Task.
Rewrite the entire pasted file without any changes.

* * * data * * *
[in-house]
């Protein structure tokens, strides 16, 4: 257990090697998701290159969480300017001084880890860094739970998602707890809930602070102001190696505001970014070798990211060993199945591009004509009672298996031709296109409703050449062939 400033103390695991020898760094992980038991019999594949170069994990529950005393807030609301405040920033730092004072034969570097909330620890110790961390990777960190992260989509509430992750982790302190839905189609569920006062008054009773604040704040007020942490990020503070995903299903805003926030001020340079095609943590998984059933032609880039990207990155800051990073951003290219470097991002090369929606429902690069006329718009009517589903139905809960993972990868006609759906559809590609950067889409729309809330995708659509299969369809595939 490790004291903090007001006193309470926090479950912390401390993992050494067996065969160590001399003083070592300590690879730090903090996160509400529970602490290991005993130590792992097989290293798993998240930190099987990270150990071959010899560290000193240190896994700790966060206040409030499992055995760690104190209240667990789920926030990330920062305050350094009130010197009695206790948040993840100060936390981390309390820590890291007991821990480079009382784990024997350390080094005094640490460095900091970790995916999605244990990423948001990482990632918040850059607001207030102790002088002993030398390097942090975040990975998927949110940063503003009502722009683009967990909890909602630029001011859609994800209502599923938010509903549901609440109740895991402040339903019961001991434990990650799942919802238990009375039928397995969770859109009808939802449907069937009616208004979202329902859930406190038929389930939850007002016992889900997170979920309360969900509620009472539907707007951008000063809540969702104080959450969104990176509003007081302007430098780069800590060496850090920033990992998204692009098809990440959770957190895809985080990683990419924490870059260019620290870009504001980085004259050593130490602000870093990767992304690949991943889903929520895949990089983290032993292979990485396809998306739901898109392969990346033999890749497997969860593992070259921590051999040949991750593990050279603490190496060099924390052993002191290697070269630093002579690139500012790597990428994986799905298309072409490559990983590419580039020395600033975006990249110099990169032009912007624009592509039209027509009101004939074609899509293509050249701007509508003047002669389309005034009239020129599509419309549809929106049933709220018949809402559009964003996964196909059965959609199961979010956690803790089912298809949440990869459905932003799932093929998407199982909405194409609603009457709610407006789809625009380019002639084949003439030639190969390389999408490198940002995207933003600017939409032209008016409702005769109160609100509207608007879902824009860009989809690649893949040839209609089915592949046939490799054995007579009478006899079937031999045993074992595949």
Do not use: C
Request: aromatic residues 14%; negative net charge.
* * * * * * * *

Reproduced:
[in-house]
């Protein structure tokens, strides 16, 4: 257990090697998701290159969480300017001084880890860094739970998602707890809930602070102001190696505001970014070798990211060993199945591009004509009672298996031709296109409703050449062939 400033103390695991020898760094992980038991019999594949170069994990529950005393807030609301405040920033730092004072034969570097909330620890110790961390990777960190992260989509509430992750982790302190839905189609569920006062008054009773604040704040007020942490990020503070995903299903805003926030001020340079095609943590998984059933032609880039990207990155800051990073951003290219470097991002090369929606429902690069006329718009009517589903139905809960993972990868006609759906559809590609950067889409729309809330995708659509299969369809595939 490790004291903090007001006193309470926090479950912390401390993992050494067996065969160590001399003083070592300590690879730090903090996160509400529970602490290991005993130590792992097989290293798993998240930190099987990270150990071959010899560290000193240190896994700790966060206040409030499992055995760690104190209240667990789920926030990330920062305050350094009130010197009695206790948040993840100060936390981390309390820590890291007991821990480079009382784990024997350390080094005094640490460095900091970790995916999605244990990423948001990482990632918040850059607001207030102790002088002993030398390097942090975040990975998927949110940063503003009502722009683009967990909890909602630029001011859609994800209502599923938010509903549901609440109740895991402040339903019961001991434990990650799942919802238990009375039928397995969770859109009808939802449907069937009616208004979202329902859930406190038929389930939850007002016992889900997170979920309360969900509620009472539907707007951008000063809540969702104080959450969104990176509003007081302007430098780069800590060496850090920033990992998204692009098809990440959770957190895809985080990683990419924490870059260019620290870009504001980085004259050593130490602000870093990767992304690949991943889903929520895949990089983290032993292979990485396809998306739901898109392969990346033999890749497997969860593992070259921590051999040949991750593990050279603490190496060099924390052993002191290697070269630093002579690139500012790597990428994986799905298309072409490559990983590419580039020395600033975006990249110099990169032009912007624009592509039209027509009101004939074609899509293509050249701007509508003047002669389309005034009239020129599509419309549809929106049933709220018949809402559009964003996964196909059965959609199961979010956690803790089912298809949440990869459905932003799932093929998407199982909405194409609603009457709610407006789809625009380019002639084949003439030639190969390389999408490198940002995207933003600017939409032209008016409702005769109160609100509207608007879902824009860009989809690649893949040839209609089915592949046939490799054995007579009478006899079937031999045993074992595949």
Do not use: C
Request: aromatic residues 14%; negative net charge.